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Coalition Warns of Legal Risk in WhatsApp Use in D.C. Government, Urges Mayoral Ban

Fritz Mulhauser | November 8, 2019

The D.C. Open Government Coalition has asked D.C. Mayor Muriel Bowser to immediately prohibit District of Columbia government employees from using private text messaging services to conduct any official business.

In a November 6 letter, Coalition President Thomas Susman warned that the WhatsApp software handles messages with technology that makes it impossible to archive them as public records or to respond to requests under the D.C. Freedom of Information Act (FOIA) or other legal procedures such as discovery requests or subpoenas in lawsuits.

On its website WhatsApp, which is owned by Facebook, explains to senders, “only the recipient and you have the special keys needed to unlock and read your messages. For added protection, every message you send has an unique lock and key.” Further, “[i]n the ordinary course of providing our service, WhatsApp does not store messages once they are delivered or transaction logs of such delivered messages, and undelivered messages are deleted from our servers after 30 days. WhatsApp offers end-to-end encryption for our services, which is always activated.”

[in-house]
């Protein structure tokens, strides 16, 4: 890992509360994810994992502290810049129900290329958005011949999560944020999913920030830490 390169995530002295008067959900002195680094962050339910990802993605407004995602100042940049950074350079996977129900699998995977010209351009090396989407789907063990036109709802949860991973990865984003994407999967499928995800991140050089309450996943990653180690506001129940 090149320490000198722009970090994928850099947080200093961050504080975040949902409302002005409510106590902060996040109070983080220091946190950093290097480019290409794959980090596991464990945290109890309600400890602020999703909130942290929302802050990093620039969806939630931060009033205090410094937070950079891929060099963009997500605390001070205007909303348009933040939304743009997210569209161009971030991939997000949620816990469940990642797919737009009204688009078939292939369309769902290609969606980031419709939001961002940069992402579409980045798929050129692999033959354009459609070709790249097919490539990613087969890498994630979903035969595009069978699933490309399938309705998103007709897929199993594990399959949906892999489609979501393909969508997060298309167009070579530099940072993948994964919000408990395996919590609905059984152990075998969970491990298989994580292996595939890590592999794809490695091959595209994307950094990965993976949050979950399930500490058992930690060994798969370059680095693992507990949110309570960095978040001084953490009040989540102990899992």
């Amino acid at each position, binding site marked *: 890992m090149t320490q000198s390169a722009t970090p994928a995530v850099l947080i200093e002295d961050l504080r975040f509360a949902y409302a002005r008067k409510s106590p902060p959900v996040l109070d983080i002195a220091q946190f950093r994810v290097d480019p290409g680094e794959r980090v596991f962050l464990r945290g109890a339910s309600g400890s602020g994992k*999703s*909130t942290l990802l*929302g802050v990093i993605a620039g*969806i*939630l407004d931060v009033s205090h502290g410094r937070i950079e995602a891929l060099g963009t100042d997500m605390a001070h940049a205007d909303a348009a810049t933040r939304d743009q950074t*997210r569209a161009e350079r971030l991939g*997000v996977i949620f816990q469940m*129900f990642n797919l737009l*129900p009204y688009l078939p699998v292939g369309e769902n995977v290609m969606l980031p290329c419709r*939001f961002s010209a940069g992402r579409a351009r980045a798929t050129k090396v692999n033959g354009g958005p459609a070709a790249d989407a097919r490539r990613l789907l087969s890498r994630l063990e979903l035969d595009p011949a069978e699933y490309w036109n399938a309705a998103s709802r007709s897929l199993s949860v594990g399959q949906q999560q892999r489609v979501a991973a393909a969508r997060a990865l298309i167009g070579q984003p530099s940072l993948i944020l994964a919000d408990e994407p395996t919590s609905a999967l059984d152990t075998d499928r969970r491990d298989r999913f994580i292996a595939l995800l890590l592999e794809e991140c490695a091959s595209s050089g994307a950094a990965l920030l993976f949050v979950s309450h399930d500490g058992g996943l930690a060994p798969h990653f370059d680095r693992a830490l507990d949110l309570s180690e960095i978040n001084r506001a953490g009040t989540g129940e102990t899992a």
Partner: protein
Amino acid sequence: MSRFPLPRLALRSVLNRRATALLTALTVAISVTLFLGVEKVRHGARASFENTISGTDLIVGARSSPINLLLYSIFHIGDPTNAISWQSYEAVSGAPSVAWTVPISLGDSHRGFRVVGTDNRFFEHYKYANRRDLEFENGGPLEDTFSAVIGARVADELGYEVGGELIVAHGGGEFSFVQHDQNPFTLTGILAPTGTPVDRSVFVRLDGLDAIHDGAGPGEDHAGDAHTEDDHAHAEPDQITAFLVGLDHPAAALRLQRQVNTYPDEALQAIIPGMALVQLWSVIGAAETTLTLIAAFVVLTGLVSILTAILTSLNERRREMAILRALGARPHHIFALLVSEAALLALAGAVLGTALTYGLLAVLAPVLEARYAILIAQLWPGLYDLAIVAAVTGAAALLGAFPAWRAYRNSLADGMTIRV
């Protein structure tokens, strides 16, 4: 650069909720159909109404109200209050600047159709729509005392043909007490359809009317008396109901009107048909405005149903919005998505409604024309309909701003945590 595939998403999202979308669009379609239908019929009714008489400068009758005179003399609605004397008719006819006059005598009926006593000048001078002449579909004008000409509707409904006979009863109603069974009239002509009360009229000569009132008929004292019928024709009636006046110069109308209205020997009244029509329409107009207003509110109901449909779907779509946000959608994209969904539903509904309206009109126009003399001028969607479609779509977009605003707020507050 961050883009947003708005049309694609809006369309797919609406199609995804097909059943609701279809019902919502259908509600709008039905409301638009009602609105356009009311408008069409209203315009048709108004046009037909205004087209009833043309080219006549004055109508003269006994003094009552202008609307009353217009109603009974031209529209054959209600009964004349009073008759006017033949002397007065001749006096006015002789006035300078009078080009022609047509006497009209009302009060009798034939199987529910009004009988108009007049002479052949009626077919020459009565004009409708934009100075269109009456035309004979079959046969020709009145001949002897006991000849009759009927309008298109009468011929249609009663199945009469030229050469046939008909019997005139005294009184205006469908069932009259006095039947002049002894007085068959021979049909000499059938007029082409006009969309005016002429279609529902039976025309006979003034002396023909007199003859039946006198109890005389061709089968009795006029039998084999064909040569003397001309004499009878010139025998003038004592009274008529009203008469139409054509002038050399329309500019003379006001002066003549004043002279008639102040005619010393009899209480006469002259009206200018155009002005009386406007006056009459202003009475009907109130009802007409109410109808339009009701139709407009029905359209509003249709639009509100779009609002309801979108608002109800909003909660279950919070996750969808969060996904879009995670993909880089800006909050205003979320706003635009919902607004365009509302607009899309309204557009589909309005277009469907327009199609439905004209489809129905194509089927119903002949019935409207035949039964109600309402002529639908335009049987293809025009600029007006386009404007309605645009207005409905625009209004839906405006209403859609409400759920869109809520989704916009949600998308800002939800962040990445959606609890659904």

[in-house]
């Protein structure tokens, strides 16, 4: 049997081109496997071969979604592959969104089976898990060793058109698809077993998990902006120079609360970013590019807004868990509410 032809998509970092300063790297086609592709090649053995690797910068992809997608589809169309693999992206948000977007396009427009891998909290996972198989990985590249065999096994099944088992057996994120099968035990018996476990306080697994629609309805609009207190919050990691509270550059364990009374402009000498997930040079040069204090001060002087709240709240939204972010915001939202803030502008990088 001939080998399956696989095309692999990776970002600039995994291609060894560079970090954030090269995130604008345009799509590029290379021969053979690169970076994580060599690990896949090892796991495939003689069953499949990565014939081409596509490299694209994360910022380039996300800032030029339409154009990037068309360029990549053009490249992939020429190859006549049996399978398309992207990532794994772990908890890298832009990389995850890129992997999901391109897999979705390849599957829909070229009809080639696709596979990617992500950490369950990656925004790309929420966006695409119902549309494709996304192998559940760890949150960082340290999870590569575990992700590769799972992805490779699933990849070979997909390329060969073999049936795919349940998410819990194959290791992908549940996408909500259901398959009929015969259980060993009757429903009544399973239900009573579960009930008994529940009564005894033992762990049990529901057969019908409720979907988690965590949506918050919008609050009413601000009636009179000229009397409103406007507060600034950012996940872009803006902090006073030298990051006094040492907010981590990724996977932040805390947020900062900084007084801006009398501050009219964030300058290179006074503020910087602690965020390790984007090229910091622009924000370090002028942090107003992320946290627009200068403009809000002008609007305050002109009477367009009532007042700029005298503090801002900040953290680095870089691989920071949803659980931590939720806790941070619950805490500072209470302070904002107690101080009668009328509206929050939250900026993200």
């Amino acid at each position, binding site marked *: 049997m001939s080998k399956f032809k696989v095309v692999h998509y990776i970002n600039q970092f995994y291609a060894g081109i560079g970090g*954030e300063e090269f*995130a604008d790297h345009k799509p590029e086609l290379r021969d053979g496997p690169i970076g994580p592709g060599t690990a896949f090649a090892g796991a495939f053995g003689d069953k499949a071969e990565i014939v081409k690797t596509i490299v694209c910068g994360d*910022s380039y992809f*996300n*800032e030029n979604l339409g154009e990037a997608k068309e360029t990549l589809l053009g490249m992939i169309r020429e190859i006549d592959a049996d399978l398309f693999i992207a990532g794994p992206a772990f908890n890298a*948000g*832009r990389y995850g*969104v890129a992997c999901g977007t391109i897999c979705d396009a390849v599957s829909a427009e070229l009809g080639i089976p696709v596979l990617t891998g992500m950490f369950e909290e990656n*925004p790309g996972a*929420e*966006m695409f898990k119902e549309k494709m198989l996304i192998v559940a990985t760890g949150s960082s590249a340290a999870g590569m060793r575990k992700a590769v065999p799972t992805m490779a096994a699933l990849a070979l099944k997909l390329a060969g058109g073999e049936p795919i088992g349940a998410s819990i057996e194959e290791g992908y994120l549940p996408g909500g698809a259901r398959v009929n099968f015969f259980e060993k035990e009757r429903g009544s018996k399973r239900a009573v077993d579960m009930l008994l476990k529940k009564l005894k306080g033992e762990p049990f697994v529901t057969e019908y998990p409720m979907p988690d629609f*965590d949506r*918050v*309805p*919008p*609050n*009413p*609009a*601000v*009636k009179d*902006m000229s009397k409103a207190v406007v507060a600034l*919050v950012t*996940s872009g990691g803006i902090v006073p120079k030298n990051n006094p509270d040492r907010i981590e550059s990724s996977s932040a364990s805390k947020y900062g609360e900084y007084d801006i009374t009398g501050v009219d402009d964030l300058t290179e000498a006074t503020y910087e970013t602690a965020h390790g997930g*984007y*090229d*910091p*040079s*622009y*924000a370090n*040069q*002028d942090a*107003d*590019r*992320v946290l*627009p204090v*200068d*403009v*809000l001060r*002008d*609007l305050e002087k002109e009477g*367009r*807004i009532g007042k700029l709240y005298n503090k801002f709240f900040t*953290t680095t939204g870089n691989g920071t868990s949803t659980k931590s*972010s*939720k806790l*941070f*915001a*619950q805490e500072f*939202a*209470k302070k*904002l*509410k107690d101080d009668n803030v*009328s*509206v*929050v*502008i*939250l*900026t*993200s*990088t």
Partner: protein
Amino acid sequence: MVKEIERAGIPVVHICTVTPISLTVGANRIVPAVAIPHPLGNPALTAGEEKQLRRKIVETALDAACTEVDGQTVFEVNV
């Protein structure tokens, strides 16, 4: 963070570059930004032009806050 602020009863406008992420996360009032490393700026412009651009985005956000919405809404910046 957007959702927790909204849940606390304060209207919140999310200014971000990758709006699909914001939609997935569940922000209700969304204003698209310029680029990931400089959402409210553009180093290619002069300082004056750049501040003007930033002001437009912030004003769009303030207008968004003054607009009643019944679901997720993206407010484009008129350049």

The software is used worldwide for Internet exchange of encrypted messages, now numbering in the billions daily, with users including the White House and military forces on the battlefields of Afghanistan.

Martin Austermuhle’s recent report on WAMU noted that District employees use WhatsApp for discussions of official business. After a FOIA request for such messages was denied, an appeal is pending before the Mayor’s Office of Legal Counsel, according to a knowledgeable official answering a Coalition inquiry to the office.

The new Coalition demand echoes steps taken years ago to clarify the full breadth of what is included among “government records” and to assure contents of all would remain available as new technology platforms proliferated. Then-Mayor Vincent Gray ordered in 2012 that all official emails be exchanged on devices allowing capture of copies. D.C. Council members’ official correspondence on private email accounts also came under requirements for access when the Council settled the Coalition’s 2012 lawsuit challenging a FOIA denial.  

A nationwide review commissioned by the Coalition and published by the American Bar Association in 2017 found the law has steadily increased requirements for access to official government business done in text messages.

The latest Coalition letter gives further examples of costs to governments in time, money and “damaging adverse publicity” for those who choose to fight losing defensive battles to keep secret the records of public business exchanged on such hidden systems.

Susman warned the District to “not wait to be sued before ruling that the D.C. FOIA requires public access to employees’ private text messaging accounts when used for public business.” His letter concludes, “the D.C. Open Government Coalition strongly urges you to immediately prohibit the use of WhatsApp and other text messaging apps by District employees for public business while procedures are developed or solutions are acquired to ensure that any such use results in the forwarding of messages for retention by the government.”

The Coalition letter went to the mayor and other legal and open government officials. None have responded.